• Illuminate the concept of local ownership and localisation in the context of crisis and conflict
    • Contextualize localisation within the Muslim World with reference to customs, evidence and experience
    • Consider theoretical, practical, ethical and ideological responses to conflict in the Muslim World
    • Examine and evaluate local practices and applications of conflict resolution and transformation, as well as emergency relief and reconstruction approaches
    • Identify local agents of peace-making and reconstruction attempts, with a special focus on contributions from marginalised groups. Assess the dynamics between local and international agents

    All manuscripts are subject to a double-blind peer review process. Articles submitted to the Journal should be original contributions and are subject to peer review. With occasional exceptions, the editors prioritize articles based on empirically grounded case studies. All submissions must link issues of peace and/or conflict with some aspect of development. Please note that the article should not be under consideration by other publishers. Articles are read by the journal’s editors as well as by two to four outside reviewers.

    The following types of submissions will be considered:

    • Full articles: critical case studies and/or thematic discussion and analysis of topical peacebuilding and development themes, 8,000 word maximum, including references and endnotes;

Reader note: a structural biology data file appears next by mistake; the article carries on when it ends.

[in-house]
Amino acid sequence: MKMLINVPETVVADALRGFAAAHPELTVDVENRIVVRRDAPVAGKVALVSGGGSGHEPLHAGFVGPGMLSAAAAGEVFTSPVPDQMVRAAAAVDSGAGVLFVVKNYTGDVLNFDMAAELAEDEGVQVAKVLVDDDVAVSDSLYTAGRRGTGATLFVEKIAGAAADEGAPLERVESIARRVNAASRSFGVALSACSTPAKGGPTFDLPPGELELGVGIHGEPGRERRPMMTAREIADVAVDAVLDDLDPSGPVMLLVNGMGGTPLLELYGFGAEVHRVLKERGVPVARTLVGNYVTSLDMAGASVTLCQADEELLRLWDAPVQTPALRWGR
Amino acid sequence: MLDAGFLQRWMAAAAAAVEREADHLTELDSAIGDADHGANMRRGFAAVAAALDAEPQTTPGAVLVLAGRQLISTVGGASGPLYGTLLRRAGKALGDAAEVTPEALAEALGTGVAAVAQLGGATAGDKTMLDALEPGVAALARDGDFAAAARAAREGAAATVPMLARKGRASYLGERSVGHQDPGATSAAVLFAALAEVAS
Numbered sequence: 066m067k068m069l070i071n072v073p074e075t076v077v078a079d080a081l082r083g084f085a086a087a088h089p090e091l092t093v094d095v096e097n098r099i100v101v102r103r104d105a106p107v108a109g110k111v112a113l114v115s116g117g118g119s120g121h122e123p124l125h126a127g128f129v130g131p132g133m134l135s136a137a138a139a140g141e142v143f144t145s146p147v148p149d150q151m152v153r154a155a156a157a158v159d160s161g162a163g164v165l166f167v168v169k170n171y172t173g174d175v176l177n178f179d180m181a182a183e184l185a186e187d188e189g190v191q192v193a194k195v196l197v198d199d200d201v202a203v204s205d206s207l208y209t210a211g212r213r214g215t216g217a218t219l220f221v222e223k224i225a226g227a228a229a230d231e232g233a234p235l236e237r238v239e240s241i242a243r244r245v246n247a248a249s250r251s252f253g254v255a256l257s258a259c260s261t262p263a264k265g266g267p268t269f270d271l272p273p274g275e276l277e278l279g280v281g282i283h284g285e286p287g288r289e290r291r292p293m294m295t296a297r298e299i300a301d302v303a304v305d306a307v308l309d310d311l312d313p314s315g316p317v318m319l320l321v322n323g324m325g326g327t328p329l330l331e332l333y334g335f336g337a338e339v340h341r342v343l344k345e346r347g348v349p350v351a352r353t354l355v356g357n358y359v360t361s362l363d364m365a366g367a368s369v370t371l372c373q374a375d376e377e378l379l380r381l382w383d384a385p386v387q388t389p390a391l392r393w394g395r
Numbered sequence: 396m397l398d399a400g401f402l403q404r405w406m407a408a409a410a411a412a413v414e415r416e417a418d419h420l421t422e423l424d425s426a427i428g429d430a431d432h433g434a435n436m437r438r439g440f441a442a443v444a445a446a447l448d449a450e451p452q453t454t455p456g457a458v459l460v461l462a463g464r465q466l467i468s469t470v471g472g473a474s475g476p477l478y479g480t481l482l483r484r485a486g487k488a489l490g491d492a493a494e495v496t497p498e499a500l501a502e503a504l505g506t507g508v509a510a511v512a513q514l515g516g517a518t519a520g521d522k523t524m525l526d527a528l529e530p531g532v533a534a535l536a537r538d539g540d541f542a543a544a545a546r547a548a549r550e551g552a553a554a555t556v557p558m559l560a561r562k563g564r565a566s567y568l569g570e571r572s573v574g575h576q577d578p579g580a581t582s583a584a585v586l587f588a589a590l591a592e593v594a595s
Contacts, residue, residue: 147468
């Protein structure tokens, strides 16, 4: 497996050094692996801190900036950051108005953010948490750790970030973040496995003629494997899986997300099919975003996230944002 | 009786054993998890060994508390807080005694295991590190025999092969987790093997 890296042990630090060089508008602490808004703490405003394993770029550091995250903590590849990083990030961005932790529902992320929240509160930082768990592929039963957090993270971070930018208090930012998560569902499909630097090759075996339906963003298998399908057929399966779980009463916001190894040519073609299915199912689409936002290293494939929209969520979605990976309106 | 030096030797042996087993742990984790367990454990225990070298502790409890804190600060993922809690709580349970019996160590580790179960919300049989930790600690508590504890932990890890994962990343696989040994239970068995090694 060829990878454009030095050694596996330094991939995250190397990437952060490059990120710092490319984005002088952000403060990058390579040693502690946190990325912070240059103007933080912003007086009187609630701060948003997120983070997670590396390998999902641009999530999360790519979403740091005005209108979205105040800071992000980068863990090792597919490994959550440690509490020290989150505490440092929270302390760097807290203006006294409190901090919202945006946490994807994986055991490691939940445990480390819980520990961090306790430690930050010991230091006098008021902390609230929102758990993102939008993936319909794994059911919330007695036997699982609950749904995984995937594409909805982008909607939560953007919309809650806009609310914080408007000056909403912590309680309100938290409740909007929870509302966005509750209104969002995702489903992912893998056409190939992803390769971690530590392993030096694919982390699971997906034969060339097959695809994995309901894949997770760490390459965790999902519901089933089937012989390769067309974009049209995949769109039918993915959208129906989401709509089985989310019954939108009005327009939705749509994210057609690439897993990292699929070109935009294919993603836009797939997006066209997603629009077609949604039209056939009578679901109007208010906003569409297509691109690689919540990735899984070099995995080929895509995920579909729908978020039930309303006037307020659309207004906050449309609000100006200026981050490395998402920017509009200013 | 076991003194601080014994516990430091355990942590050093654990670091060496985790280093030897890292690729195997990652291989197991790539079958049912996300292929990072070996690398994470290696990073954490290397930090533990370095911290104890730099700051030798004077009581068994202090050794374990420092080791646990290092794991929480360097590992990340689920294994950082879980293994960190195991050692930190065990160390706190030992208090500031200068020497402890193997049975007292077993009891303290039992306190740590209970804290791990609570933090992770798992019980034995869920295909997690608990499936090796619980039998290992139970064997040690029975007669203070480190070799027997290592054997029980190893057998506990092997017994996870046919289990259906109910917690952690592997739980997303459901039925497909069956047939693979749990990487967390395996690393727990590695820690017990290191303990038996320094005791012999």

• Briefings: discussions of 1) training, peacebuilding and intervention strategies and impact, 2) policy review/analysis, or 3) country briefings, 2,500 word maximum;
    • Policy Dialogues: short policy briefings engaging two key topics on the international policy agenda: The New Deal on Engagement with Fragile States, and the 2030 Agenda for Sustainable Development, 2,500 word maximum
    • Book reviews: 1000 word maximum for single reviews, 2,500 if multi-book review/analysis;
      Resources: notices of new books, reports, upcoming conferences, videos, e-communications and websites, 150 word maximum;
    • Documents: declarations, communiqués, and other relevant NGO or multilateral organization statements, 1,000 word maximum.

    Submission deadline: Authors are advised to send abstracts only by CfP deadline of August 10, 2019. They should be 250-500 words and indicate if the intention is a full article (8000 words) or briefing (2500 words). Full submissions that miss this deadline may be considered up until October 10, 2019 depending on space, and can still be referred to future issues.

    To submit: You will be required to open an account and upload your abstract as a new submission. You will be asked to submit your abstract in a text field (word limited), and are also required to submit a main document which should contain the following information: title; author contact details (mailing, phone, email); bio; keywords; full abstract.

    All submissions should be made via the following site:, and in MSWord .docx format.

    Any diagrams and maps should be submitted in .JPEG, .EPS or .TIFF format. Tables may appear in the text, but do not apply frames or tints. Copyright of articles published in the Journal rests with the publisher.